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Apple Watches and Fitbits to Monitor Drug Use Heart Rate. Really?

Technological advances have revolutionized the healthcare industry. From the stethoscope early on to pacemakers, magnetic resonance imaging (MRI), laparoscopic surgery that’s less invasive and, well, the list goes on and on.

Some experts even suggest that 3D printers will be able to replicate human organs for transplant patients, in the not so distant future.

So, it’s not a big surprise that some industrious recreational drug consumers are using technology, like Fitbits and Apple Watches, to monitor their heart rates while taking illicit substances.

“If someone says, ‘Let’s do a line [of cocaine],'” a 20-something San Francisco based techie and occasional cocaine user named Owen told CNBC, “I’ll look at my watch. If I see [my heart rate] at 150 or 160, I’ll say, ‘I’m good.’ That’s totally fine. No one gives you a hard time.”

Wearable Fitbit to Track Drug Use Heart Rate

Most of the social media forums focused on using these smart-devices to measure drug-induced vitals are centered around cocaine, MDMA or other stimulants, like ketamine, that cause a spike in heart rate.

Why Fitness Trackers Should Not Be Used to Track Drug Use Heart Rates

1. While applying wearable technology to recreational drug use is certainly clever, the problem is it might not be accurate.

A 2017 study by the American College of Cardiology found that out of the five most popular “wrist-worn fitness trackers,” the most reliable under all levels of intensity weren’t “wrist-worn” devices at all.

Rather, the “old fashion” heart rate monitors that strap across the chest offered the best readings.

2. Another less obvious issue that fitness trackers won’t be able to detect, is whether or not an illicit substance is cut with another dangerous or even toxic chemical.

For example, fentanyl, a synthetic opioid 50 times more powerful than morphine is showing up not only mixed in heroin, but is now also laced in cocaine.

Fentanyl is so toxic that even a small amount absorbed through the skin can be fatal. Needless to say, ingesting cocaine-laced fentanyl has the potential to be even more deadly.

In addition, if a person overdoses on what they thought was only cocaine, first responders will treat the person for cocaine overdose instead of fentanyl overdose, which can make matters more problematic.

Cocaine Use and Side Effects

Cocaine use in the United States decreased from 2006 to 2010, but in recent years it has been steadily increasing, along with production in Columbia.

Either way, its prevalence in the white-collar workplace of fast paced, high-pressure work environments, such as computer programming and tech, is sometimes an accepted part of the office “work hard, play hard” culture.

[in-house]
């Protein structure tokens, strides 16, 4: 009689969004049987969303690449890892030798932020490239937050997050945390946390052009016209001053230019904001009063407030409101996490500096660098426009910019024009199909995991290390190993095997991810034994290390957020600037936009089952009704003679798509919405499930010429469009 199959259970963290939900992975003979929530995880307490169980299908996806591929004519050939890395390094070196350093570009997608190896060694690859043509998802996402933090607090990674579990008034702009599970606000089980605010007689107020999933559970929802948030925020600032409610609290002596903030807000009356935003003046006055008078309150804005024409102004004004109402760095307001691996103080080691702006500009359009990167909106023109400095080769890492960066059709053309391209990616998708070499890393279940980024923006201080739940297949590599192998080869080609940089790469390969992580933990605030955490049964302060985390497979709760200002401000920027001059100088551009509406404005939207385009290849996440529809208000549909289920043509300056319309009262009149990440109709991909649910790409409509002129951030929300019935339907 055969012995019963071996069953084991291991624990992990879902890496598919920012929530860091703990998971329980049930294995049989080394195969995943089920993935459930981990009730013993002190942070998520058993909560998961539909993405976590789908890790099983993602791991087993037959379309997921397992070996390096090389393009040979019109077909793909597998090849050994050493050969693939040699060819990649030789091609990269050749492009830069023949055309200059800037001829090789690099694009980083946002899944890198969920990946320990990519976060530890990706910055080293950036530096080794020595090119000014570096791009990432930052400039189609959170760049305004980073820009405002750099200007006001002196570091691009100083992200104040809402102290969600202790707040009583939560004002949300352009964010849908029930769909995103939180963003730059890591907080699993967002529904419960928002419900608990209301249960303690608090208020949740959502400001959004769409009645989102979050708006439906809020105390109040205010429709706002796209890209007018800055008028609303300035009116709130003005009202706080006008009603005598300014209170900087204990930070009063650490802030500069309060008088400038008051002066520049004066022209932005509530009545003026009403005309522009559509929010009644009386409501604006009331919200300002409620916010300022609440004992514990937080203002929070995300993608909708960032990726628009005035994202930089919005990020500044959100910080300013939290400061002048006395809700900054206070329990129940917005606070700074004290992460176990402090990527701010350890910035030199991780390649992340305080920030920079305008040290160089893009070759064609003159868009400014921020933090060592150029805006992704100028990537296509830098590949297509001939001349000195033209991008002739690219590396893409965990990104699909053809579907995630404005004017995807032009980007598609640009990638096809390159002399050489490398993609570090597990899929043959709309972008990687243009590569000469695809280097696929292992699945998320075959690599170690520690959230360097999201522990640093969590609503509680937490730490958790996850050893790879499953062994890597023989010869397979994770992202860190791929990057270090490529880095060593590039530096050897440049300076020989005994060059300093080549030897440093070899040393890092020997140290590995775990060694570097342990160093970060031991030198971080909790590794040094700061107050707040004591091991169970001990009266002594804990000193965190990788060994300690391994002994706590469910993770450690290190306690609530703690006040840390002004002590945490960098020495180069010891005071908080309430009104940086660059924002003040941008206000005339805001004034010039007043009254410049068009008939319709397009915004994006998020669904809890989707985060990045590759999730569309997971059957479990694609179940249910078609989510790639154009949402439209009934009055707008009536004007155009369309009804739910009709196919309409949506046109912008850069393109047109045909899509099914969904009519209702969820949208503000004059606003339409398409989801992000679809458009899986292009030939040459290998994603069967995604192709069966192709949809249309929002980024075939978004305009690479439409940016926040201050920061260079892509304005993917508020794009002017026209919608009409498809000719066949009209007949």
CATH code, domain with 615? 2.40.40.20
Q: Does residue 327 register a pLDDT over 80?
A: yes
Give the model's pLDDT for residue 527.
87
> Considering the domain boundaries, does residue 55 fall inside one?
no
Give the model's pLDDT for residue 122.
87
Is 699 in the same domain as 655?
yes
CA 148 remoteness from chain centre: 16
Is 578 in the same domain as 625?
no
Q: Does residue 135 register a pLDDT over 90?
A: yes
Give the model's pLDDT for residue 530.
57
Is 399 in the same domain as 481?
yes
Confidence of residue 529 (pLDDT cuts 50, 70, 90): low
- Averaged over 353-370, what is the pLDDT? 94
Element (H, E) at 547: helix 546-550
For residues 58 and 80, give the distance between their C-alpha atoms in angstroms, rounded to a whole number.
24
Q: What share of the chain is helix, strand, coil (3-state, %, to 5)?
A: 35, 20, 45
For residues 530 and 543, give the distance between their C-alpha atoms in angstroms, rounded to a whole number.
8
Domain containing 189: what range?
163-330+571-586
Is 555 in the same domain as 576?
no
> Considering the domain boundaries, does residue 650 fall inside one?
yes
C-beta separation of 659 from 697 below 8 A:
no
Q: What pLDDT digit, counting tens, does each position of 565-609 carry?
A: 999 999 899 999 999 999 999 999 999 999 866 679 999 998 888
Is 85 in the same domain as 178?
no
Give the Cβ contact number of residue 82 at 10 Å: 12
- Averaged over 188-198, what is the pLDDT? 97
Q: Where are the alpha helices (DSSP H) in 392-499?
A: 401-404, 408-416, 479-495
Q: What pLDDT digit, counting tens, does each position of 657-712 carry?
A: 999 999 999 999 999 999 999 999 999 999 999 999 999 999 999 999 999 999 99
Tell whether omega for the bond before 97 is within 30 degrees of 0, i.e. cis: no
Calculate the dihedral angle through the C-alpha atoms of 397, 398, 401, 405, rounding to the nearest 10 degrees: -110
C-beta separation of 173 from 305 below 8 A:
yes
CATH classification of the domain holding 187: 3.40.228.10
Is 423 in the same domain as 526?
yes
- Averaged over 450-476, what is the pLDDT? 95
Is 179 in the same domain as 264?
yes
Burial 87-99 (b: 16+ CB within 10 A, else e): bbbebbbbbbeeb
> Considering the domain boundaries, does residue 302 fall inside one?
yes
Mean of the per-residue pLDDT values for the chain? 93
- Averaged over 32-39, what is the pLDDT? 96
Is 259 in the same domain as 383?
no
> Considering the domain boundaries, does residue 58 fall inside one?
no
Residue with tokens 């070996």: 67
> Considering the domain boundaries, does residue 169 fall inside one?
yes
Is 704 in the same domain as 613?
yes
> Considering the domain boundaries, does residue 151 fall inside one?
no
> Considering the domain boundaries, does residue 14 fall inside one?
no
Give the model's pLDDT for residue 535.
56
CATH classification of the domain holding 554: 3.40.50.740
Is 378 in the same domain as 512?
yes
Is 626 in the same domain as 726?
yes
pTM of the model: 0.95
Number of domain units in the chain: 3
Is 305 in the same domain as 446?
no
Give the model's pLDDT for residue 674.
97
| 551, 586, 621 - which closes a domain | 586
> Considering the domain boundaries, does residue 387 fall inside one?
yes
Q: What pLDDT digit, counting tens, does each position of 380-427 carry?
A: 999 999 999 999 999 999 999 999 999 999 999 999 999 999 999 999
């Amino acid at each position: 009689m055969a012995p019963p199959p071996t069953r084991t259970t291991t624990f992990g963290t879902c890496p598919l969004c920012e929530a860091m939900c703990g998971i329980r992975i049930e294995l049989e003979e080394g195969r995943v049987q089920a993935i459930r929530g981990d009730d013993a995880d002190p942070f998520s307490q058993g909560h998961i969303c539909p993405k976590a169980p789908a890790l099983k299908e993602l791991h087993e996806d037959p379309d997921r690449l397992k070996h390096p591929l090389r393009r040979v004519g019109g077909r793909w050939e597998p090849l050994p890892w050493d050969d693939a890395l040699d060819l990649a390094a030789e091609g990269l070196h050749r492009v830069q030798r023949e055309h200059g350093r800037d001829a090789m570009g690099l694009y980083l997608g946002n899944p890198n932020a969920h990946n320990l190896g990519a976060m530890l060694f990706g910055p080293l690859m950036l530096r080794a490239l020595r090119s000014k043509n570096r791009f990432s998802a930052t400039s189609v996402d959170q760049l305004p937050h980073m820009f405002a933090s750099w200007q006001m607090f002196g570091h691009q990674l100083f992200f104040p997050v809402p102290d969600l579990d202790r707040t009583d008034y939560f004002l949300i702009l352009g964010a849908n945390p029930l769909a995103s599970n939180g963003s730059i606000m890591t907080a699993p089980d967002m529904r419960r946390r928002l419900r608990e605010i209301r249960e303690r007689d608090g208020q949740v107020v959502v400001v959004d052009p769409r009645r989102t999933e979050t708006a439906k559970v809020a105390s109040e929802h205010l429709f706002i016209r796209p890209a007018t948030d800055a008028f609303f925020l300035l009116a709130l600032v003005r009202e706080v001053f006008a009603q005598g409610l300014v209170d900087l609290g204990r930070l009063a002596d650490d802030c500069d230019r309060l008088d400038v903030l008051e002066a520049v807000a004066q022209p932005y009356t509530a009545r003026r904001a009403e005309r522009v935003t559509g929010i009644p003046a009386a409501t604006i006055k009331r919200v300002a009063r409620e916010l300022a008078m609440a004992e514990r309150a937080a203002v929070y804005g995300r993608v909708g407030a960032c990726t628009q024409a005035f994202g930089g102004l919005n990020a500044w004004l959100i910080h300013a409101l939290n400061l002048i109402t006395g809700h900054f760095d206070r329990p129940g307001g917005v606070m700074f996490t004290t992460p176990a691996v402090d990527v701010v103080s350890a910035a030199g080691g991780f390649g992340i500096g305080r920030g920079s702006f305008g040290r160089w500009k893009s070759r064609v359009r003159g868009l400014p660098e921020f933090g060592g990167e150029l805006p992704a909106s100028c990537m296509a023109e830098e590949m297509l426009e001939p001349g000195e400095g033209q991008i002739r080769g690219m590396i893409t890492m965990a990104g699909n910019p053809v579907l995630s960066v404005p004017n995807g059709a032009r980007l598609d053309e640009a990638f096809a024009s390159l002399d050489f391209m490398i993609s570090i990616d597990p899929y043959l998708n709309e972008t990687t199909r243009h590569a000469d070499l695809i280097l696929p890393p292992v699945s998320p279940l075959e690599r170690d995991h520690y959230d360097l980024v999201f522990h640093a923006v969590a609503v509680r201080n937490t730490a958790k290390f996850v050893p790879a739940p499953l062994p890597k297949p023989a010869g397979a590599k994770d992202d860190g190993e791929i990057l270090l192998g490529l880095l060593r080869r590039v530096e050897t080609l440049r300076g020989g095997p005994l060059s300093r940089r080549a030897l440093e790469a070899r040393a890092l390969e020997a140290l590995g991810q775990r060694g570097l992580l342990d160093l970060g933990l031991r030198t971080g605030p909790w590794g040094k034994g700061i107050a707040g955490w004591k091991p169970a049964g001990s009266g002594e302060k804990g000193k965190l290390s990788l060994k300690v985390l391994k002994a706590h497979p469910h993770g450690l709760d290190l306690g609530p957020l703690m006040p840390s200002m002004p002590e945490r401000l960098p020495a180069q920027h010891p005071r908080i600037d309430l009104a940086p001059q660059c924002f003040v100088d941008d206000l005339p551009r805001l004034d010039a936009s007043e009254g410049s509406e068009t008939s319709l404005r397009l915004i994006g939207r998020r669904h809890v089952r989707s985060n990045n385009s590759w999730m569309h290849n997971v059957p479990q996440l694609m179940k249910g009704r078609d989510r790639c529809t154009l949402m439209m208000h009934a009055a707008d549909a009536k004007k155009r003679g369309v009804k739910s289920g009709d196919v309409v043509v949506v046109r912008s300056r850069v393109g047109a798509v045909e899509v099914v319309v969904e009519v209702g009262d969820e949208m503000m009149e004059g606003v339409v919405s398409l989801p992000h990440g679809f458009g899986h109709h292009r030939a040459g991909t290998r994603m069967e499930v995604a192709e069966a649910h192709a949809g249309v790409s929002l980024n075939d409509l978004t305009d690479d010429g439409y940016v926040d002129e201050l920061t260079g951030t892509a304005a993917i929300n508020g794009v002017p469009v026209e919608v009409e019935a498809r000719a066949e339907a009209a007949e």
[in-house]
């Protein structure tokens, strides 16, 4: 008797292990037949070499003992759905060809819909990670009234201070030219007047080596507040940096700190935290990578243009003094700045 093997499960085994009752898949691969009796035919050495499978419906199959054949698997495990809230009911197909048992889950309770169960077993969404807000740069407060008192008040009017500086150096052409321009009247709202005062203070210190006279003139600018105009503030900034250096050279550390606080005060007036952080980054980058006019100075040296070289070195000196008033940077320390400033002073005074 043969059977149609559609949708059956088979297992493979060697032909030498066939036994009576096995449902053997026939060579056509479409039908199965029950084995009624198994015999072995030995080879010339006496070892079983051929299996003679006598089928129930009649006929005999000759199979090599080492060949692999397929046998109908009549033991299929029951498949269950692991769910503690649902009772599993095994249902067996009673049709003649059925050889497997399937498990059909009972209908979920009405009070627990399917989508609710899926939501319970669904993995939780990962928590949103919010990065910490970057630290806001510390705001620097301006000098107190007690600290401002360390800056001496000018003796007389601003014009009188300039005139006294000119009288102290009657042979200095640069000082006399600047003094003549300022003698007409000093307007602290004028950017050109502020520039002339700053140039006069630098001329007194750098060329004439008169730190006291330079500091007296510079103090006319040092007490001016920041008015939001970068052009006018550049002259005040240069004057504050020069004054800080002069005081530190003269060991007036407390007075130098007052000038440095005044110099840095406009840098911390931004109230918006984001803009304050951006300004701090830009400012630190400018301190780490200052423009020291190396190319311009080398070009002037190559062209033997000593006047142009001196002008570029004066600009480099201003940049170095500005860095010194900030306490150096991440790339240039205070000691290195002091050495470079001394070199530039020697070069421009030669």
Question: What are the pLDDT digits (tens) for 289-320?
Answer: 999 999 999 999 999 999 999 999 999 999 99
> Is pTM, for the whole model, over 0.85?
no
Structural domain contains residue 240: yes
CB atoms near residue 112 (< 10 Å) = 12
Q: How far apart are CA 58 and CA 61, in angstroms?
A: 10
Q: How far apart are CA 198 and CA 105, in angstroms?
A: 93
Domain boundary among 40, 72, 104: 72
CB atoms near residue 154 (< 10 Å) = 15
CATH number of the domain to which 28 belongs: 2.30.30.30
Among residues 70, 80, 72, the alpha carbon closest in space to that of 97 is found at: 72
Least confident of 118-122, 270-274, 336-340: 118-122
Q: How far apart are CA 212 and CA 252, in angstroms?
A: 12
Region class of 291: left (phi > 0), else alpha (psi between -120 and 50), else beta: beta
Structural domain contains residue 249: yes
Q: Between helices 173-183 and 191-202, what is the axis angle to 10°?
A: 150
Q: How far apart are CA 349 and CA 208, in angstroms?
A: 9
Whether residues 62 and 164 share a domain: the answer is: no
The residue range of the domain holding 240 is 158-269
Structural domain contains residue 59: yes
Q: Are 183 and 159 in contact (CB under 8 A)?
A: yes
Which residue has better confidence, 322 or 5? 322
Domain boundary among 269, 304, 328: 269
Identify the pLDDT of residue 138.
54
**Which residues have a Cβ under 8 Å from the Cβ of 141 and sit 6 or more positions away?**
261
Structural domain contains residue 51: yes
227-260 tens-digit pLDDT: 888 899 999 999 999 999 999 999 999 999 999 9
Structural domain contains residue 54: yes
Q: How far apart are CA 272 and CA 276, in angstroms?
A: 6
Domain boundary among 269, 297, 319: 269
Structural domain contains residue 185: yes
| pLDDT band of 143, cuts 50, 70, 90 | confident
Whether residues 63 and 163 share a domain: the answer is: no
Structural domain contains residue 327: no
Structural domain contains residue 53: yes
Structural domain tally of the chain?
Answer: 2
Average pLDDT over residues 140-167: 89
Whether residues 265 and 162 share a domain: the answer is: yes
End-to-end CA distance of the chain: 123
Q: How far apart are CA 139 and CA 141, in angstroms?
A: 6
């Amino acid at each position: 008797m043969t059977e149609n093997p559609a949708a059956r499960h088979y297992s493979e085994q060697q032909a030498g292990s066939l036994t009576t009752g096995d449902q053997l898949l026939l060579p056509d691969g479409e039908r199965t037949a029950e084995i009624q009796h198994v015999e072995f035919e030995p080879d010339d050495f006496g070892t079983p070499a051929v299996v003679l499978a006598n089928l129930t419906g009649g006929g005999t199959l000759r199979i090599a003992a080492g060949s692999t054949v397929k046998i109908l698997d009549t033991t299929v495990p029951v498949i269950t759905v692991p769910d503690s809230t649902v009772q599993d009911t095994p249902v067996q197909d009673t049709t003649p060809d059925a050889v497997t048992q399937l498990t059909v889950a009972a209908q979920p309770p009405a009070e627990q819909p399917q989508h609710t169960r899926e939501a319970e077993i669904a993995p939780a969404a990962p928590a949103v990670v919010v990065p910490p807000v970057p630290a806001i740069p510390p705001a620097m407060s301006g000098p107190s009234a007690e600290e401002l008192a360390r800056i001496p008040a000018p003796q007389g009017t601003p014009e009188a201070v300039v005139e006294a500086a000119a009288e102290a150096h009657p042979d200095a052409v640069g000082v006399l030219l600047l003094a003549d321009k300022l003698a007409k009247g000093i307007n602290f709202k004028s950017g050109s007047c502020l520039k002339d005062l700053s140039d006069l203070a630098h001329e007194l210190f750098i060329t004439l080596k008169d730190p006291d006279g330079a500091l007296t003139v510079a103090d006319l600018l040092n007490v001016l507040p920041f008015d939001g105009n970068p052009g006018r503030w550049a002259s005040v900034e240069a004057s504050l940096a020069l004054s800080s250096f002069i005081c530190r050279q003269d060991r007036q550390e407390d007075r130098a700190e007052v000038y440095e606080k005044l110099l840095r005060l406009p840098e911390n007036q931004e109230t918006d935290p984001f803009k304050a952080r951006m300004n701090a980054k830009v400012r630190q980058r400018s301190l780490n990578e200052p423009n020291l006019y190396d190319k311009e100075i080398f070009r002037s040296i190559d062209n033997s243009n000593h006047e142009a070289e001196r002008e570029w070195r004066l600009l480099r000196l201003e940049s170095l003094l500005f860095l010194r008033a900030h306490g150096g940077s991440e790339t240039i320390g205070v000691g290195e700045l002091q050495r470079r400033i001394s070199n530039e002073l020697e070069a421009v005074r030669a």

At issue, though, is how addictive stimulants like cocaine can be.

According to the National Institute on Drug Abuse, more than 5,000 overdose deaths a year are caused by cocaine use and that number is, likely, underreported.

Like with other illicit drugs, the short-term “high” from cocaine can come with serious side effects, including some of the following:

  • Increased heart rate, body temperature and blood pressure
  • Constricted blood vessels and dilated pupils
  • Restlessness and irritability
  • Panic, depression and insomnia
  • Withdrawal can also cause vertigo, tremors and muscle twitches

Wearable Devices Provide False Sense of Safety

Other useful tech devices and smartphone apps can be helpful in preventing reckless behavior.

Several companies offer Bluetooth enabled breathalyzers that send a person’s estimated blood alcohol content to their smartphone.

That said, they should only be used for fun and not as a gauge of whether or not a person should get behind the wheel. It’s never a good idea to drink and drive. Similarly, it’s never safe or recommended to use drugs like cocaine, MDMA or ketamine, especially with today’s street drugs being cut with other dangerous drugs.

“Taking drugs is always a risk whether you’re monitoring with a tracker or not,” cardiologist and associate professor at the University of California, San Francisco, Ethan Weiss, told CNBC.

While it might be novel and fun to track blood alcohol content while drinking with friends, the stakes are higher when doing the same with drugs like cocaine and powerful stimulants.

The readings from wearable devices should only be used as a rough guideline for tracking a person’s vital statistics while using them for their intended use…or anything else.


How Long Does Cocaine Stay In Your System?

The Dangers of Abusing Ketamine and Falling Into the K-Hole

Deadly New Drug: U-47700 aka U4, Pink or Pinky


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